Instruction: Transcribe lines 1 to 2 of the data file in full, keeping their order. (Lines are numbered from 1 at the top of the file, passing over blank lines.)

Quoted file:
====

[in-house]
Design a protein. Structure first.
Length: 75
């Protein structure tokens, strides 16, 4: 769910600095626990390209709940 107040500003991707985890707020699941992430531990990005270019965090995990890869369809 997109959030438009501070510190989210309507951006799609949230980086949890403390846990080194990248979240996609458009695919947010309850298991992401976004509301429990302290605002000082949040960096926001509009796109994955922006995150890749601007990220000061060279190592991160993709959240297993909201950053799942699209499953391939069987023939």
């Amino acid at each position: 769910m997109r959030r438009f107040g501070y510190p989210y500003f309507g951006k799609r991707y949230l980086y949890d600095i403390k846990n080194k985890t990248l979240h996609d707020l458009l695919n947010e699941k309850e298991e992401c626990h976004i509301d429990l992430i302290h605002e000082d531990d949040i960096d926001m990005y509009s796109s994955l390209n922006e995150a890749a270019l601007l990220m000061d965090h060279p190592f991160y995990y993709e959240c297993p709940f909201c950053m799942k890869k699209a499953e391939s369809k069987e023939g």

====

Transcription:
[in-house]
Design a protein. Structure first.